Economy, Domestic Economy

Iran Economy Ministry Priorities Assigned

14 Priority Projects14 Priority Projects

First Vice President Es’haq Jahangiri has tasked the Ministry of Economic Affairs and Finance with implementing 14 priority projects in the current Iranian year (March 2017-18).

Most of these projects were ratified by the Headquarters of Resistance Economy and initiated during the first tenure of President Hassan Rouhani, but need to be completed.

Resistance Economy refers to a set of principles outlined by the Leader of Islamic Revolution Ayatollah Seyyed Ali Khamenei aimed at bolstering domestic production, curbing dependence on oil exports, improving productivity and encouraging Iranians to buy domestically-manufactured products.

 Improving Business Environment  

Iran is ranked 120 among 190 economies in the ease of doing business index, according to the latest World Bank annual ratings.

On average, Iran’s rankings have improved by eight spots annually since 2013, when the country stood at 152nd place.

Jahangiri has urged the Economy Ministry to direct its efforts toward improving the index by 10 spots this year.

Establishment of e-Treasury System

Last year, the government announced measures to transfer its accounts from agent banks to the Central Bank of Iran in cooperation with the Treasury. The measures make up the Electronic Treasury scheme that aims to return the accounts from government and private-owned agent banks to the Treasury.  

In February, Tayyebnia called on deputy economy minister for financial supervision and treasury affairs, Seyyed Rahmatollah Akrami, to pursue the establishment of an electronic treasury management system as well as productive management of government assets, referring to them as two key projects on the ministry’s agenda.

Once again, Jahangiri has referred to the establishment of e-treasury as one of the main priorities of the government.

 Completion of Privatization Process

The privatization of public economic entities includes three stages: pricing the entities, transferring them to real private sector and readying the remaining entities for transfer.

The first vice president has called for the completion of the privatization process.

Wider Execution of VAT

According to Iran National Tax Administration, value added tax accounts for 50% or 1,700 trillion rials ($45.04 billion) of government revenues and the administration pays over 600 trillion rials of VAT revenues to municipalities and 50 trillion rials to the Health Ministry for the Healthcare Reform Plan.

The VAT Law, which took effect in the Iranian year to March 2009, is being extended every year. VAT currently stands at 9% in Iran.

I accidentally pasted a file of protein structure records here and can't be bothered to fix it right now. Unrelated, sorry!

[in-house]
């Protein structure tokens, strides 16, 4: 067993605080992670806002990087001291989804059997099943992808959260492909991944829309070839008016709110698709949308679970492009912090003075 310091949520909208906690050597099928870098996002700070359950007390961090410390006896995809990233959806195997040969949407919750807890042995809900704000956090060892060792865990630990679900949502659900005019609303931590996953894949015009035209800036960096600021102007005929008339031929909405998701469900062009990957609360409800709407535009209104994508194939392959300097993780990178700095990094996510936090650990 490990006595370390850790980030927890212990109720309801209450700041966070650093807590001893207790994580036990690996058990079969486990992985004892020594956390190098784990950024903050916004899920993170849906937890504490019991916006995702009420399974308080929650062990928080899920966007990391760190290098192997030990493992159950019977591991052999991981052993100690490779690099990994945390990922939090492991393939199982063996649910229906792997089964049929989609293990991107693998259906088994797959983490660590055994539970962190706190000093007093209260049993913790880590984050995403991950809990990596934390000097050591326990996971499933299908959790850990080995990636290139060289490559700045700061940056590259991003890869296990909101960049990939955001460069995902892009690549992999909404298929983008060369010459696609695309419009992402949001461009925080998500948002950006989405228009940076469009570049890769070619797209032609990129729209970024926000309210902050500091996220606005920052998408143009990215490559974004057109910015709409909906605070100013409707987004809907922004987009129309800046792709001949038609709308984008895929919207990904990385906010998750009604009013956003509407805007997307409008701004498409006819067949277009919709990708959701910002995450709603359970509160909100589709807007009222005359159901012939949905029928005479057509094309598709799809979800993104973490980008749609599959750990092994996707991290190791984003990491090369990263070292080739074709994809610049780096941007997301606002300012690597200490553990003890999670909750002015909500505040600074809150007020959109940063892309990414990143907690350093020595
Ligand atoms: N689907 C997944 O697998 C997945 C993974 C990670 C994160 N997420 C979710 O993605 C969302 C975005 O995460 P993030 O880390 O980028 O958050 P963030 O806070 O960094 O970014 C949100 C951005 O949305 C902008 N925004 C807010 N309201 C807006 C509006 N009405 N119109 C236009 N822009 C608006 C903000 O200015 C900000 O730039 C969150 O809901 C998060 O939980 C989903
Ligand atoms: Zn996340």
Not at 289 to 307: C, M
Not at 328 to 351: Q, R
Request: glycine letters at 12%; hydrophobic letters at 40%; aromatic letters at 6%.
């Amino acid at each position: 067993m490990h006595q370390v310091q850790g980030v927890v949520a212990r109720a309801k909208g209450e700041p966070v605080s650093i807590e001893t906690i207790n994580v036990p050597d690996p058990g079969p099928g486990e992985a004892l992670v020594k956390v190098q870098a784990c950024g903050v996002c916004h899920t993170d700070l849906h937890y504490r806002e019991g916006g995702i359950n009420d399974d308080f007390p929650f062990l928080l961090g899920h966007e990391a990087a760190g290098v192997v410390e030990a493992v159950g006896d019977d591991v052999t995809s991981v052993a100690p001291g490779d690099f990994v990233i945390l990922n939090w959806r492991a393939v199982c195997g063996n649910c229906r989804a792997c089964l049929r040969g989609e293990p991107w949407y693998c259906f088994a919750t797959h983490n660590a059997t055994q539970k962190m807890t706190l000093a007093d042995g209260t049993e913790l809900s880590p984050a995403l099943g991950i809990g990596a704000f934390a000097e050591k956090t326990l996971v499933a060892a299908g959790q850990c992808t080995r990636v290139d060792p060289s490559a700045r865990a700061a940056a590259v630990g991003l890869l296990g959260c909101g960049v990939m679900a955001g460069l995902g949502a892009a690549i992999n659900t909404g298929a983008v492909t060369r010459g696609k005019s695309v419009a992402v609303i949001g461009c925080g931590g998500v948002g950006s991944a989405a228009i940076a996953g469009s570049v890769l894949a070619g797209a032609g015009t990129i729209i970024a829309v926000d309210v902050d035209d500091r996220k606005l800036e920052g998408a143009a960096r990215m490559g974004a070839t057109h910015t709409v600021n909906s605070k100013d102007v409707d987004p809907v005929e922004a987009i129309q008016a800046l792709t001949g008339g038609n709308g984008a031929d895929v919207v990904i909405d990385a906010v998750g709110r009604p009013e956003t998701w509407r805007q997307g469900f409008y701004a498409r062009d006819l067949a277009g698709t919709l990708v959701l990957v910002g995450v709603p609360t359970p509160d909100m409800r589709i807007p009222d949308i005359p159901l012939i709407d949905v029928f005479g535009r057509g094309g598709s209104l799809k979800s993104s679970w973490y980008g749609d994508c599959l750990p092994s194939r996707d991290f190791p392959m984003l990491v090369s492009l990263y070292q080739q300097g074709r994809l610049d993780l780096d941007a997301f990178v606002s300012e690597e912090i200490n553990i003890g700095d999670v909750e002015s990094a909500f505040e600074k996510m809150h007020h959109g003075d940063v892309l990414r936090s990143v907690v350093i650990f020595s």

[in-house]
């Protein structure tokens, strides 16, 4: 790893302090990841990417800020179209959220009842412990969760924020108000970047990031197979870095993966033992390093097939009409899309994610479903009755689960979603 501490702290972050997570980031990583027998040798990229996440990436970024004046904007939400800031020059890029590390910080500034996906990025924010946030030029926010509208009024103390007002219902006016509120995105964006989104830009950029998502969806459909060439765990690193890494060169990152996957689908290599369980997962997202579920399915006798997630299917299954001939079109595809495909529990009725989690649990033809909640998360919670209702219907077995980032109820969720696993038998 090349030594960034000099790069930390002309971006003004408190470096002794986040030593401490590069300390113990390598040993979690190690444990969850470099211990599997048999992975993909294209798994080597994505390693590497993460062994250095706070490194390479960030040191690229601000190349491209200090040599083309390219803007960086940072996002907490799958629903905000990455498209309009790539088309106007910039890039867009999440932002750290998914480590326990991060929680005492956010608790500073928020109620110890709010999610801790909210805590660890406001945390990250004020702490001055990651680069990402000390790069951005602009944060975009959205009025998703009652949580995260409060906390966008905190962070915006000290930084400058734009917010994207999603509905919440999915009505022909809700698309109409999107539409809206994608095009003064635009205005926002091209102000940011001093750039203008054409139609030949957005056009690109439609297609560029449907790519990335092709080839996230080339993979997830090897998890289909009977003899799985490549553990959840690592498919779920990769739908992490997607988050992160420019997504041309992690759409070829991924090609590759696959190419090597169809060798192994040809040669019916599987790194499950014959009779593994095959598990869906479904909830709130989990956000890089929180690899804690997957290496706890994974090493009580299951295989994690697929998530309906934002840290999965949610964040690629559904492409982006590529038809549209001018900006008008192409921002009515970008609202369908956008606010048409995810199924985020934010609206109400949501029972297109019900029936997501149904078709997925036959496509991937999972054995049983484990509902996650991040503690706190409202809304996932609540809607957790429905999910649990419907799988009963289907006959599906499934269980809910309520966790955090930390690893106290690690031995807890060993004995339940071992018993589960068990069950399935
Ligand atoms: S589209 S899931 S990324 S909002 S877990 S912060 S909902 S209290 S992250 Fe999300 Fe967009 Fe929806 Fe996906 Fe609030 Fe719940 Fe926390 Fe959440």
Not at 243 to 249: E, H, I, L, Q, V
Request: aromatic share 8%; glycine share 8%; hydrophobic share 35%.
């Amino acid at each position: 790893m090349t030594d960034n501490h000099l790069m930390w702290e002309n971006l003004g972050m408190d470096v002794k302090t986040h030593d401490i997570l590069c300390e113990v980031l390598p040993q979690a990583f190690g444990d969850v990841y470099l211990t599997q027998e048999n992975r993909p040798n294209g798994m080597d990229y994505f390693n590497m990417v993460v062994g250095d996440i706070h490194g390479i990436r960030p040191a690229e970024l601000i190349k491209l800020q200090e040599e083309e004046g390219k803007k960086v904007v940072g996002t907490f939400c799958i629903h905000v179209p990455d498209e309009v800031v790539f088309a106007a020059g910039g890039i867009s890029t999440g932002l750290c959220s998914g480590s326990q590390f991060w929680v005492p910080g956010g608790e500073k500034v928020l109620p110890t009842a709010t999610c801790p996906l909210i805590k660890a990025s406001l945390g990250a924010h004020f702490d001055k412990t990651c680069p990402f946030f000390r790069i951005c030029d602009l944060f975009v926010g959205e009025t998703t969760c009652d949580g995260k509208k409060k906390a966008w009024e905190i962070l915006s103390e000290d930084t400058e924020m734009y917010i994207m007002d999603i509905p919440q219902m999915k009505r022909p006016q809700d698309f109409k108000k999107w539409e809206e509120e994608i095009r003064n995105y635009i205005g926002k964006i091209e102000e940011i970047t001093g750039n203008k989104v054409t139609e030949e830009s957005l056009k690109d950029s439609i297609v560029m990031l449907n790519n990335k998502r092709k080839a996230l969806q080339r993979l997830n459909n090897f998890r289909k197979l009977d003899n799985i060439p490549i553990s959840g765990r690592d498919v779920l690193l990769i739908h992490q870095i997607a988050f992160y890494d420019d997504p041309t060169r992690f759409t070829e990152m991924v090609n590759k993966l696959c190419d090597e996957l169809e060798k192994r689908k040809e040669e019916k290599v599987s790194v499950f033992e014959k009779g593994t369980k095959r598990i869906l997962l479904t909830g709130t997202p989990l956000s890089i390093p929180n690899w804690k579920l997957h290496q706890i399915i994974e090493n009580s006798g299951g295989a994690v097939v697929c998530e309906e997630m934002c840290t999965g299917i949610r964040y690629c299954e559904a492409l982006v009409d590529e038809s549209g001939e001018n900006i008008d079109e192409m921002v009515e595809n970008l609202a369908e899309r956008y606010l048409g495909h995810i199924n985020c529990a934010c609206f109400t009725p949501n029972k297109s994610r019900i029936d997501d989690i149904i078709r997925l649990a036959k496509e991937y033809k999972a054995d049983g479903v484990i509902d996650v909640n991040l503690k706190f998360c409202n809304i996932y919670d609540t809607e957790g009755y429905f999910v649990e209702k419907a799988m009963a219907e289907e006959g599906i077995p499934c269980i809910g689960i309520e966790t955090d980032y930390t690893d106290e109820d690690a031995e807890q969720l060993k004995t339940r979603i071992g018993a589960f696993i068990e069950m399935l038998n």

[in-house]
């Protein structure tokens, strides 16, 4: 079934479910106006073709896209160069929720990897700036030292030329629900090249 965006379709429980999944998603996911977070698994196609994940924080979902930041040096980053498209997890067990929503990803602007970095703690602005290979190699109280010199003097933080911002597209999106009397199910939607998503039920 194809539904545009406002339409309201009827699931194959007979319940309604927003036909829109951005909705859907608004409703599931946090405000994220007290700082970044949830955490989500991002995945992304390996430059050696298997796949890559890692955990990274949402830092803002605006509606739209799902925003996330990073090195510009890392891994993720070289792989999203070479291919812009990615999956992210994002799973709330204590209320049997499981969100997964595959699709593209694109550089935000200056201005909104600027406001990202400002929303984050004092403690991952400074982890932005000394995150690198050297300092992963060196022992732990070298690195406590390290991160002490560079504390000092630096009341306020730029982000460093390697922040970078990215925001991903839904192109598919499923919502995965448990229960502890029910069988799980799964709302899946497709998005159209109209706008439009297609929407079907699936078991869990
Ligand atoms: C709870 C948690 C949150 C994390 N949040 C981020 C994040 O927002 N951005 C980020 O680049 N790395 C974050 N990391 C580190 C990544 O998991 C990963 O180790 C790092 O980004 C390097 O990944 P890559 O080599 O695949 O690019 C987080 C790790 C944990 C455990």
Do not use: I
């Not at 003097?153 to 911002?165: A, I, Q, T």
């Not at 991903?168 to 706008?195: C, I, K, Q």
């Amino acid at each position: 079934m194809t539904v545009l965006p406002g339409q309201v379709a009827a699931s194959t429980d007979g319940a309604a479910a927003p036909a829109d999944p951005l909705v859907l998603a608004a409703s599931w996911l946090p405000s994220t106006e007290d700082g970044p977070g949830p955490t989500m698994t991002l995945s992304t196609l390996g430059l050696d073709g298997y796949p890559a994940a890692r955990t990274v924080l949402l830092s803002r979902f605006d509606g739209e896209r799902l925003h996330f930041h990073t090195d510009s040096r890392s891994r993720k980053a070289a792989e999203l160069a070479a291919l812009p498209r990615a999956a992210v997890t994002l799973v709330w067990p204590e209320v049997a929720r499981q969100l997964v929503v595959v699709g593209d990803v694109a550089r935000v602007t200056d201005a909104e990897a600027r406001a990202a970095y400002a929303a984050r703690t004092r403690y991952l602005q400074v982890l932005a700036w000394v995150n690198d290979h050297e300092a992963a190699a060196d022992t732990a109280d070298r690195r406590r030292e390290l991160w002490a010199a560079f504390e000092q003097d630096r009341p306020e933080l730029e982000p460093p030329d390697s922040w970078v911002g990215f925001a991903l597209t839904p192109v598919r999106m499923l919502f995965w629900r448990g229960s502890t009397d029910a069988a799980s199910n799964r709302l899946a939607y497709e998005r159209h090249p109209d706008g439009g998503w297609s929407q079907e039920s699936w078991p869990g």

Jahangiri wants a wider implementation of VAT in economic sectors.

 Integrated Taxation System

The government piloted its newly-drafted Integrated Taxation System in Tehran, Isfahan and Kermanshah last year and plans to implement the system in other provinces. The new code overhauls tax exemptions, adds new taxpayers and controls evasions.

According to Tayyebnia, in the new tax code, manufacturing activities get new exemptions to boost investment in the real economy and help economic recovery.

“Tax breaks given to many companies have been cut in the new code and, more importantly, even state-owned institutions that were not under government control will become liable for taxation,” he added.

Government officials have stated on various occasions that over 60% of the Iranian economy are not being taxed, which figure includes estimates of gray market activities.

Tayyebnia is expected to accomplish the integration of the taxation system to make it more equitable and effective.

Asset Management

The government is intent on identifying its assets across the country to make the most of them. To this end, as many as 270,000 immovable properties were recorded in the fiscal 2015-16.

The number of government vehicles saw a 70% decline to stand at 120,000. Currently, 38,588 estates have been identified, of which 6,672 belong to national organizations, 24,909 to provincial organizations and 7,007 are at the disposal of state companies.

One of the government's priorities is to complete the evaluation of all assets in order to sell off the unused assets and make the productive use of others.

 Improving Competitiveness Index

One of the main achievements of the government of President Hassan Rouhani so far was a nine-point rise in Iran’s Competitiveness Index in the fiscal 2015-16 to rank 74th.